Two eager boys and their nanny sit down at Comella’s, a family-run restaurant where the five-dollar pizzas offer a cheap distraction — a fleeting reprieve for a tired nanny. Tom and Ben take small bites of their molten, gooey slices, half-smitten with the cheesy carbohydrates and half-preoccupied by the large flat screens peppered around the restaurant. We’re watching FS1, and I sink into my chair, guilty that the boys have already watched their quota of TV for the day, but gratified by the screens’ simple diversion. We munch and chat, but slowly, conversation tapers as we fall for the enthralling, high-speed whir of commentators, coaches and footballs sailing across the screen.
In a flurry of transitional graphics, FS1 takes us to a packed crowd in Times Square — we’ve left the iridescent greens of football stadiums for the grayish hubbub of shuffling tourists traversing under the stuffy sky of billboards and neon lettering. The camera zooms in and focuses on two blurry yet notably topless women among the crowd, whose nipples have been haphazardly obfuscated under a veil of pixilation. Words superimpose ominously on the screen: “Going topless in N.Y. is allowed,” and the scene shifts to a glittering fighters’ ring, encompassed by waving, cheering fans: “But MMA is illegal.” Across the table, Tom giggles. “Ew! Those women were showing their boobs!” I struggle to formulate a rebuttal, but I falter, unsure how to distill institutionalized shame and control over female bodies into a digestible package for the 10-year-old I nanny. Instead I shrug wearily, and say, “Why shouldn’t they?” but Tom had already prepared his evasive counter argument (a classic: the raspberry), and we shelve the topic in favor of replenishing our plates.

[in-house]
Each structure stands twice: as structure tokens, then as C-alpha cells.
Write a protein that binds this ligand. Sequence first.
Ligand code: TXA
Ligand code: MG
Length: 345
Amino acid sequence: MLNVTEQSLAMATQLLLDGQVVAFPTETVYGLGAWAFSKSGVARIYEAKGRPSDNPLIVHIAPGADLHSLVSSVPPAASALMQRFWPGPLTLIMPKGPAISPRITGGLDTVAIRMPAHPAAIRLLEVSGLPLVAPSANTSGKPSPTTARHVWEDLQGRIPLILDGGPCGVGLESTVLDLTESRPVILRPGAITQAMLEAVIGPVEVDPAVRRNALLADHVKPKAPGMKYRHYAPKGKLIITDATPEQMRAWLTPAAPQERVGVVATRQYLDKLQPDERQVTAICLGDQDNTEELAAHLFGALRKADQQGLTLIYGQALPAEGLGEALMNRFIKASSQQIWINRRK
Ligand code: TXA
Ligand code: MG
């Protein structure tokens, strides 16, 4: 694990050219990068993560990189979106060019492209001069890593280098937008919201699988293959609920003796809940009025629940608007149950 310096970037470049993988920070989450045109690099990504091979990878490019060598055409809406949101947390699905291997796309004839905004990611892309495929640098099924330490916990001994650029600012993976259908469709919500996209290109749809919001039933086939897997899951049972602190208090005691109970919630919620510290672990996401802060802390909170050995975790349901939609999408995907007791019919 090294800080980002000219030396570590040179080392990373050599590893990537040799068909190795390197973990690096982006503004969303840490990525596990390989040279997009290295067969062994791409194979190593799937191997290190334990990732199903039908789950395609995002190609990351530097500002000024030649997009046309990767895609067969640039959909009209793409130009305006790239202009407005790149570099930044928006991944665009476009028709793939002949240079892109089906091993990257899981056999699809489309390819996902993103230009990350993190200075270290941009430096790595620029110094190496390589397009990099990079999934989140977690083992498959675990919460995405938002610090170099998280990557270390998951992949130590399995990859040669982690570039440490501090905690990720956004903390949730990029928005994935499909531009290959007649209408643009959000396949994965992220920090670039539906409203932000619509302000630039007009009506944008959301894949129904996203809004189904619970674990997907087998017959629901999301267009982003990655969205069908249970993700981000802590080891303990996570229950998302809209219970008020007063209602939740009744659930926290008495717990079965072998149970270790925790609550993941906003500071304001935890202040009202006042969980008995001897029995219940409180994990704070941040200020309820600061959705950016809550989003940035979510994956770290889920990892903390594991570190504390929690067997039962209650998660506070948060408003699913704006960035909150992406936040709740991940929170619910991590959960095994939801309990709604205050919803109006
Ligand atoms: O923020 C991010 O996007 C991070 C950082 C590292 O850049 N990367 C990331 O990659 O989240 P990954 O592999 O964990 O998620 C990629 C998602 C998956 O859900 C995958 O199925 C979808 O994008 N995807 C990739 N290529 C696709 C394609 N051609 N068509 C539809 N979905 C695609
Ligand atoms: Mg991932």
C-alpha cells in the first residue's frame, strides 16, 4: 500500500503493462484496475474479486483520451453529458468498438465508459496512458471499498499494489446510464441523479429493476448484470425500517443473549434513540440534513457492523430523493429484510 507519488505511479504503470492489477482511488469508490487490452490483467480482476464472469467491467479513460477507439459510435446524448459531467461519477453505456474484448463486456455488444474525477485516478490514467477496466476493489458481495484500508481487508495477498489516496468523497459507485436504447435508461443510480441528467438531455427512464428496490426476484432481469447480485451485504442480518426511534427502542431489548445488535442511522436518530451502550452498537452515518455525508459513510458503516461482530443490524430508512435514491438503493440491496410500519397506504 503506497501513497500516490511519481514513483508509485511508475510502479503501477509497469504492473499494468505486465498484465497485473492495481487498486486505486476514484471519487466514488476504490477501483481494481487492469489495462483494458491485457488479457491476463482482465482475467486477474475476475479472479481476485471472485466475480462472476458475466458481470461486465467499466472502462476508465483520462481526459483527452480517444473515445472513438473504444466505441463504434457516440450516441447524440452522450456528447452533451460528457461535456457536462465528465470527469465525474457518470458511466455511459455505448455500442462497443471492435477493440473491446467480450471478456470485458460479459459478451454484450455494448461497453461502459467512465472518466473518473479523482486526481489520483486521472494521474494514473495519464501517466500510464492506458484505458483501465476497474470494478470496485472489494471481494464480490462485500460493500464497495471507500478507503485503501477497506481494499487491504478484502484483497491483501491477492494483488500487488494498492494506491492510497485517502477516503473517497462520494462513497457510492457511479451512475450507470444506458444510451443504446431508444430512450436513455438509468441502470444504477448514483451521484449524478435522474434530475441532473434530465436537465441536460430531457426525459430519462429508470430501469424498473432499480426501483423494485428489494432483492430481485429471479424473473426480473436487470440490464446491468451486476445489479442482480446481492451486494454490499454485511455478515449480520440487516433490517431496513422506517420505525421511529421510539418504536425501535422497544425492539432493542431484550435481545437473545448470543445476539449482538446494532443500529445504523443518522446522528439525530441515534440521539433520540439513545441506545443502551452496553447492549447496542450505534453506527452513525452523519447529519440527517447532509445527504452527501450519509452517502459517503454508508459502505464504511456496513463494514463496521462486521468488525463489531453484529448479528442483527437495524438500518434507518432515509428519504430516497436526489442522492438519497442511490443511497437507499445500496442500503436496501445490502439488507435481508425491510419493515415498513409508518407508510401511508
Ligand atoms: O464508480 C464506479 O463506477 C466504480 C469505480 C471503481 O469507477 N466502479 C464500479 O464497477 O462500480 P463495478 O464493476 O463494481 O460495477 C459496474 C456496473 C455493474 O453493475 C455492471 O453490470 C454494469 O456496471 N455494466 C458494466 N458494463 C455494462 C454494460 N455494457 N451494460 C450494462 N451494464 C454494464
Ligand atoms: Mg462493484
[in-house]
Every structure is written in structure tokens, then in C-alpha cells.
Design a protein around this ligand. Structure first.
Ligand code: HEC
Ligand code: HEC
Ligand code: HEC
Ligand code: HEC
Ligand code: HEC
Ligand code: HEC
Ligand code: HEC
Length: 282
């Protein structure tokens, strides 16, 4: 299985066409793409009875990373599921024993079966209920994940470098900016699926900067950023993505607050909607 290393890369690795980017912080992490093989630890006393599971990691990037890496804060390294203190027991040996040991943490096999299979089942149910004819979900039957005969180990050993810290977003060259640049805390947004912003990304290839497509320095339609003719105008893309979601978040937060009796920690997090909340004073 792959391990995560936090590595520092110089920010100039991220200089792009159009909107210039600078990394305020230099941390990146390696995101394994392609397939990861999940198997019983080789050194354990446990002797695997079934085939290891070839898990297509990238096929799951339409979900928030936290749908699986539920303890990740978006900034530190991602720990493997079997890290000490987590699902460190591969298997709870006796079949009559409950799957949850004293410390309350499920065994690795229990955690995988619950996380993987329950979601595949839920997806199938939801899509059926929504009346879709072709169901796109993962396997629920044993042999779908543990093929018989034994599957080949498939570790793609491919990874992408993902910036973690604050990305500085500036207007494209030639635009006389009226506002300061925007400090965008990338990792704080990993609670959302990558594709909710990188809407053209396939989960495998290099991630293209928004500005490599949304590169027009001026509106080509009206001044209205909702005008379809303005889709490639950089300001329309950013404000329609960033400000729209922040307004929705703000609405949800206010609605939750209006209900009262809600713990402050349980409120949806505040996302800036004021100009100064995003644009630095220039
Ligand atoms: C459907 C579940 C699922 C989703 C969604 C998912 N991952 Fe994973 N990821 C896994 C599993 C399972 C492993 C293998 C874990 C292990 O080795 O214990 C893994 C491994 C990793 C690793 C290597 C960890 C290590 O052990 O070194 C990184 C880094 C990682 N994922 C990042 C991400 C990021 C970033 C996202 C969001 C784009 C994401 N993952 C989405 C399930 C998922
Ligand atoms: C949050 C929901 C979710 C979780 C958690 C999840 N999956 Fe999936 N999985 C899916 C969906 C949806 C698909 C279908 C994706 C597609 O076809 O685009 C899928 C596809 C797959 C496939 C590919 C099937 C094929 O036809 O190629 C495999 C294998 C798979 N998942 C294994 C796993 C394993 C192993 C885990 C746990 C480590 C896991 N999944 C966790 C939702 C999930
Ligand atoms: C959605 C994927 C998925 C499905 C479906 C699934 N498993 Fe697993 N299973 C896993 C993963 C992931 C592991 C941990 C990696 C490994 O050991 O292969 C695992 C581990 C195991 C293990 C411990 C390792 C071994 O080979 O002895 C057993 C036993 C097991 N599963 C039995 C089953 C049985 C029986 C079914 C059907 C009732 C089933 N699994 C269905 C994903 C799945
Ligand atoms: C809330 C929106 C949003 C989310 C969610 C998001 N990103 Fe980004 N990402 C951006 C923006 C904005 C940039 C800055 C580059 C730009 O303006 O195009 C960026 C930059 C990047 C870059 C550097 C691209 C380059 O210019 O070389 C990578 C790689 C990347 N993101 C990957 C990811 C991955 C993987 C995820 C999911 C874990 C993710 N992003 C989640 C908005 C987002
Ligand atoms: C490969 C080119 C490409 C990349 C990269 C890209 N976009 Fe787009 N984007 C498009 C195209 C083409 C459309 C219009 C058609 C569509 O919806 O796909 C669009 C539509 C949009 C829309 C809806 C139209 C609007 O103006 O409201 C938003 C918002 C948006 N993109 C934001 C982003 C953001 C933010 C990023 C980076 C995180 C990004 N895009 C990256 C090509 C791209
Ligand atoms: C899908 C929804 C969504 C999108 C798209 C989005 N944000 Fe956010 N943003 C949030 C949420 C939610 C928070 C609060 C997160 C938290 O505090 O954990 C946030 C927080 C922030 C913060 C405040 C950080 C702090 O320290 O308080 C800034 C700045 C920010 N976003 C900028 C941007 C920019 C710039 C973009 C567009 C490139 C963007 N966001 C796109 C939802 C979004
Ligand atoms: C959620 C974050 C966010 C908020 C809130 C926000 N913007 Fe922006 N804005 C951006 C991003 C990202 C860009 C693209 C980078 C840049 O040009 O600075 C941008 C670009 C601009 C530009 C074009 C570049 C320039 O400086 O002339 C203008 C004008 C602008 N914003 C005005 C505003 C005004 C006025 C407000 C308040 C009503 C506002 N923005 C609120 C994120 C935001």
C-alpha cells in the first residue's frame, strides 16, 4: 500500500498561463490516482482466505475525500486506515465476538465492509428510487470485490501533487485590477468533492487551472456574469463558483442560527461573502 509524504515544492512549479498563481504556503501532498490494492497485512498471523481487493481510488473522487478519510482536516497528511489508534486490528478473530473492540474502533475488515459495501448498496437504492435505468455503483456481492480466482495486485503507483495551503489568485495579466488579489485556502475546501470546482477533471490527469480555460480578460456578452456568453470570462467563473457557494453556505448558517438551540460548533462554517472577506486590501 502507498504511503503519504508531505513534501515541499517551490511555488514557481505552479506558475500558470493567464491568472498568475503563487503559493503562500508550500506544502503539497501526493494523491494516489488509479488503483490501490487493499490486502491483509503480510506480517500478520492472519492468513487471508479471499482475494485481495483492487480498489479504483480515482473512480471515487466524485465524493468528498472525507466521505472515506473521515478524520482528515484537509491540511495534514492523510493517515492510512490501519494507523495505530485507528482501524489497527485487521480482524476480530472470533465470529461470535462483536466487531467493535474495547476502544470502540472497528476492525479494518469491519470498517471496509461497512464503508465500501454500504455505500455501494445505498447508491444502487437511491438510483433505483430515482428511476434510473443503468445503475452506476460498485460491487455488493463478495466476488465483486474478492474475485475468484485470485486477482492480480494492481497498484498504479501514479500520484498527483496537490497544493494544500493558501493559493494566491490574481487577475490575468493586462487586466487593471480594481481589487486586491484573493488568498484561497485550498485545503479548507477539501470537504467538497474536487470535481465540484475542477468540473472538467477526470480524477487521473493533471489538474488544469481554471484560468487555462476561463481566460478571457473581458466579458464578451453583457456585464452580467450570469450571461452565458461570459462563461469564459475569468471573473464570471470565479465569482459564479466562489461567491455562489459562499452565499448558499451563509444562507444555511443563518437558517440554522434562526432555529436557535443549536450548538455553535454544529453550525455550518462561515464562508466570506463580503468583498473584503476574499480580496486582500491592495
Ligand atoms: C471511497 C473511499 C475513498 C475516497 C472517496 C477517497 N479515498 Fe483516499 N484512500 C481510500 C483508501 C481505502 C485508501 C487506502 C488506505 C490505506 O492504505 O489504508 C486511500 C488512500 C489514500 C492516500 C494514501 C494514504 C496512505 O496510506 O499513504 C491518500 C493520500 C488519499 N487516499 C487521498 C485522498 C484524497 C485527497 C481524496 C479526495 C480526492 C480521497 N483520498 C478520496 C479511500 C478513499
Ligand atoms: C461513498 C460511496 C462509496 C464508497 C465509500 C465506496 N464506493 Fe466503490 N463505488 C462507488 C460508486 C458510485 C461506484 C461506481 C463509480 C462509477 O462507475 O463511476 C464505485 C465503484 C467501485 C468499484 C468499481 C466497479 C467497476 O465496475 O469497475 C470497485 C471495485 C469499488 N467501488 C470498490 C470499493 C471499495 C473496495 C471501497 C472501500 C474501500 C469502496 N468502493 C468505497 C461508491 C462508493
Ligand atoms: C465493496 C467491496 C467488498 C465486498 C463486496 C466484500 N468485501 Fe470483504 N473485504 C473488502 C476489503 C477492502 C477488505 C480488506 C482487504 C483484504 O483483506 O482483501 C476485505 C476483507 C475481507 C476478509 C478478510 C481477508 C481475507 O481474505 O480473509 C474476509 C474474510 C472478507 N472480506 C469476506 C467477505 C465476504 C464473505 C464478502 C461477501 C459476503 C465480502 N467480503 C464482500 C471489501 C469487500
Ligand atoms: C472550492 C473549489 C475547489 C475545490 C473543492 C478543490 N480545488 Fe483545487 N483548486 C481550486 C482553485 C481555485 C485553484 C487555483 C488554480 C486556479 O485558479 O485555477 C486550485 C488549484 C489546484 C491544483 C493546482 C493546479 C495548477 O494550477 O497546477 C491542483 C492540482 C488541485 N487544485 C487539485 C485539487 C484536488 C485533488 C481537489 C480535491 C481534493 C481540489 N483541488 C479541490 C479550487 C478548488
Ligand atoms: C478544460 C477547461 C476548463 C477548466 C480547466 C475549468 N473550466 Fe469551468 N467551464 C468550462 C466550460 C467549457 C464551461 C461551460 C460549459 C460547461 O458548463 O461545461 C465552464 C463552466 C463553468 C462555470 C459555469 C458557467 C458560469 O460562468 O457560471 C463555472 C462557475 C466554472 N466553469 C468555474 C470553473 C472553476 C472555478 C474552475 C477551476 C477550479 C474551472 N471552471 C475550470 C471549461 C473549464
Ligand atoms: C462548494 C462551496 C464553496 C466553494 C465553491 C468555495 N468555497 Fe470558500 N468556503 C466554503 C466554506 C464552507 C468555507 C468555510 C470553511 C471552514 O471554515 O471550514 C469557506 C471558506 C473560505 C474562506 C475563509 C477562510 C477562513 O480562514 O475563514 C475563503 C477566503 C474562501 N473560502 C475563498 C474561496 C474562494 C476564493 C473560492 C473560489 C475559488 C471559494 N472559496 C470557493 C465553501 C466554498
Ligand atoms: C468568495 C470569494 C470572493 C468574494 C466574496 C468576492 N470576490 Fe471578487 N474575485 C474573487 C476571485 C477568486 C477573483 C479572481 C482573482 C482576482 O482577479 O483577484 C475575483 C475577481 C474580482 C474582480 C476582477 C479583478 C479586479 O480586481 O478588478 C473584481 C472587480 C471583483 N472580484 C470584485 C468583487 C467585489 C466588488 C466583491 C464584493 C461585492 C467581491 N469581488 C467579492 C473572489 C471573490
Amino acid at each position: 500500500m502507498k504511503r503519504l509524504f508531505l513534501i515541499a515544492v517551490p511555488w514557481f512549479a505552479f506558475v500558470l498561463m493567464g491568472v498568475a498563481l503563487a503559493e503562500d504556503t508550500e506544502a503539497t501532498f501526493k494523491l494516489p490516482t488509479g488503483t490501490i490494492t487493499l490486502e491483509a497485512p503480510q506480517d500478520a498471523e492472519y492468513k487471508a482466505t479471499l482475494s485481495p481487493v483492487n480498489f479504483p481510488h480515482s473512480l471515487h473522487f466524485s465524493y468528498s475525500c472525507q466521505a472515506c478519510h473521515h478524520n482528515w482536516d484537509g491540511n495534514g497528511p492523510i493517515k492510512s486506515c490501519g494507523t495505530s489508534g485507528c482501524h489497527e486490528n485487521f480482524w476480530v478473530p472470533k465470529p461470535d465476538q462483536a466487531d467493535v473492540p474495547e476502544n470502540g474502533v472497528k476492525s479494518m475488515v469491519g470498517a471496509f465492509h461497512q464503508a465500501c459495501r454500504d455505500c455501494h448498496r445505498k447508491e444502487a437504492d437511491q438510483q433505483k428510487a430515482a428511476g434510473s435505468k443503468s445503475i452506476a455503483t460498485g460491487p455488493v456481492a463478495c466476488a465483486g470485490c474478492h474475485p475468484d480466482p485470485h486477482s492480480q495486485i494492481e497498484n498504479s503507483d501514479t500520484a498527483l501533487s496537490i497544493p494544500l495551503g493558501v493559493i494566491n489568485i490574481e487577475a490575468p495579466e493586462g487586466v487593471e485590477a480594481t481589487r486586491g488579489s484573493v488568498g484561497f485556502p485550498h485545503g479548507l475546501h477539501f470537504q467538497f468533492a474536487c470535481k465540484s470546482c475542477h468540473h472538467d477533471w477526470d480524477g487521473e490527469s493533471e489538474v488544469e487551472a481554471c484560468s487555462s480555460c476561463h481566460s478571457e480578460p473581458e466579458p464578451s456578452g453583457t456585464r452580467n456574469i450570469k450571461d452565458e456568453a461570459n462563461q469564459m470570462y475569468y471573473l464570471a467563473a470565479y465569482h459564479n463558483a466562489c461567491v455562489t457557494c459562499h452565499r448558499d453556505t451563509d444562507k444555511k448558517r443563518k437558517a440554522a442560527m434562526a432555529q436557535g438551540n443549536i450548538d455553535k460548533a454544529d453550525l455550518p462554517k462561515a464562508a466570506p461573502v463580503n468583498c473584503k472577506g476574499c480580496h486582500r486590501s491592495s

Long after we finished the pizza, I continue to chew on the injustice of the juxtaposition on the screen. By contrasting female bodily autonomy with the illegality of a highly violent athletic institution, FS1 reinforces the criminalization of women’s bodies. This spotlight on a woman’s right to be topless indicates a perceived moral and legal quandary. FS1 implies that surely half-naked women in public are more contestable than two professional athletes fighting in a ring. How can a powerful, multibillion dollar corporation be exiled in a state where measly women are allowed to dress how they like?